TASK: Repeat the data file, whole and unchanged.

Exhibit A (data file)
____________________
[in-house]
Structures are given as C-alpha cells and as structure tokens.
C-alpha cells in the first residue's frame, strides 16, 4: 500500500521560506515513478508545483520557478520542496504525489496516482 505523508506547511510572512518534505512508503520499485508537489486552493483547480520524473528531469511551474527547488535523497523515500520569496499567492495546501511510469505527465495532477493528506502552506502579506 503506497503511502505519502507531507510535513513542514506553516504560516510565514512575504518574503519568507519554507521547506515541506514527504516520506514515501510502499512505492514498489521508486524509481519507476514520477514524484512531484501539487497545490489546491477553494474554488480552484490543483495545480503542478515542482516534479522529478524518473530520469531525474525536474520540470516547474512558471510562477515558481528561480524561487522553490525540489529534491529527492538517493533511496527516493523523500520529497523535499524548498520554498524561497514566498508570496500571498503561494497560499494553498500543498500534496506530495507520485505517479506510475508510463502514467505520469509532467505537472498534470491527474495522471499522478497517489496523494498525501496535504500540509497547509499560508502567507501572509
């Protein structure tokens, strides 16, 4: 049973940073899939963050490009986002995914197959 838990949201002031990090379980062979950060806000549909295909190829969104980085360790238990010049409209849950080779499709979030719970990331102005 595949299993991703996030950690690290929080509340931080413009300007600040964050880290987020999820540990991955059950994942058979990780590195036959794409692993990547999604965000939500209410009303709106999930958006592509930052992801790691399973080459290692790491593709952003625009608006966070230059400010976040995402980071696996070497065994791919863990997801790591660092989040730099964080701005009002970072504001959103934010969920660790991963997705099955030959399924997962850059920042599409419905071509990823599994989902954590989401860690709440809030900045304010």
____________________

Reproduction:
[in-house]
Structures are given as C-alpha cells and as structure tokens.
C-alpha cells in the first residue's frame, strides 16, 4: 500500500521560506515513478508545483520557478520542496504525489496516482 505523508506547511510572512518534505512508503520499485508537489486552493483547480520524473528531469511551474527547488535523497523515500520569496499567492495546501511510469505527465495532477493528506502552506502579506 503506497503511502505519502507531507510535513513542514506553516504560516510565514512575504518574503519568507519554507521547506515541506514527504516520506514515501510502499512505492514498489521508486524509481519507476514520477514524484512531484501539487497545490489546491477553494474554488480552484490543483495545480503542478515542482516534479522529478524518473530520469531525474525536474520540470516547474512558471510562477515558481528561480524561487522553490525540489529534491529527492538517493533511496527516493523523500520529497523535499524548498520554498524561497514566498508570496500571498503561494497560499494553498500543498500534496506530495507520485505517479506510475508510463502514467505520469509532467505537472498534470491527474495522471499522478497517489496523494498525501496535504500540509497547509499560508502567507501572509
């Protein structure tokens, strides 16, 4: 049973940073899939963050490009986002995914197959 838990949201002031990090379980062979950060806000549909295909190829969104980085360790238990010049409209849950080779499709979030719970990331102005 595949299993991703996030950690690290929080509340931080413009300007600040964050880290987020999820540990991955059950994942058979990780590195036959794409692993990547999604965000939500209410009303709106999930958006592509930052992801790691399973080459290692790491593709952003625009608006966070230059400010976040995402980071696996070497065994791919863990997801790591660092989040730099964080701005009002970072504001959103934010969920660790991963997705099955030959399924997962850059920042599409419905071509990823599994989902954590989401860690709440809030900045304010």